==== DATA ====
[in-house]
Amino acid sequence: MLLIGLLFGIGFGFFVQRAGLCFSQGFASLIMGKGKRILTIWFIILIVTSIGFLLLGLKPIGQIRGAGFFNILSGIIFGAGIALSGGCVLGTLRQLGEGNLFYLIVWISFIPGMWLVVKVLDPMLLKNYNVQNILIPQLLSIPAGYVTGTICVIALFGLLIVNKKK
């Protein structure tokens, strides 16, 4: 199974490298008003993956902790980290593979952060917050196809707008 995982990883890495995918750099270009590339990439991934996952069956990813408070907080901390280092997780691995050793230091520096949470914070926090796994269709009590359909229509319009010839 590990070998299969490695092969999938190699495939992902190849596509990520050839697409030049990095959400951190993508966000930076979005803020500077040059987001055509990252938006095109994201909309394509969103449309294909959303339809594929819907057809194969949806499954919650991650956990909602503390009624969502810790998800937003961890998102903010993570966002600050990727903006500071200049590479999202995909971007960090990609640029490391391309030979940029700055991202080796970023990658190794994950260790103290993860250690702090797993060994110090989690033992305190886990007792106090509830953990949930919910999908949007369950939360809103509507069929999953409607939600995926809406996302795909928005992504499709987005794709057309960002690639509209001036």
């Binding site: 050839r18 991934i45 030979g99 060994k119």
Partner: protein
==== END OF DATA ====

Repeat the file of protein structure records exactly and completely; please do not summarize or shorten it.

[in-house]
Amino acid sequence: MLLIGLLFGIGFGFFVQRAGLCFSQGFASLIMGKGKRILTIWFIILIVTSIGFLLLGLKPIGQIRGAGFFNILSGIIFGAGIALSGGCVLGTLRQLGEGNLFYLIVWISFIPGMWLVVKVLDPMLLKNYNVQNILIPQLLSIPAGYVTGTICVIALFGLLIVNKKK
């Protein structure tokens, strides 16, 4: 199974490298008003993956902790980290593979952060917050196809707008 995982990883890495995918750099270009590339990439991934996952069956990813408070907080901390280092997780691995050793230091520096949470914070926090796994269709009590359909229509319009010839 590990070998299969490695092969999938190699495939992902190849596509990520050839697409030049990095959400951190993508966000930076979005803020500077040059987001055509990252938006095109994201909309394509969103449309294909959303339809594929819907057809194969949806499954919650991650956990909602503390009624969502810790998800937003961890998102903010993570966002600050990727903006500071200049590479999202995909971007960090990609640029490391391309030979940029700055991202080796970023990658190794994950260790103290993860250690702090797993060994110090989690033992305190886990007792106090509830953990949930919910999908949007369950939360809103509507069929999953409607939600995926809406996302795909928005992504499709987005794709057309960002690639509209001036």
């Binding site: 050839r18 991934i45 030979g99 060994k119």
Partner: protein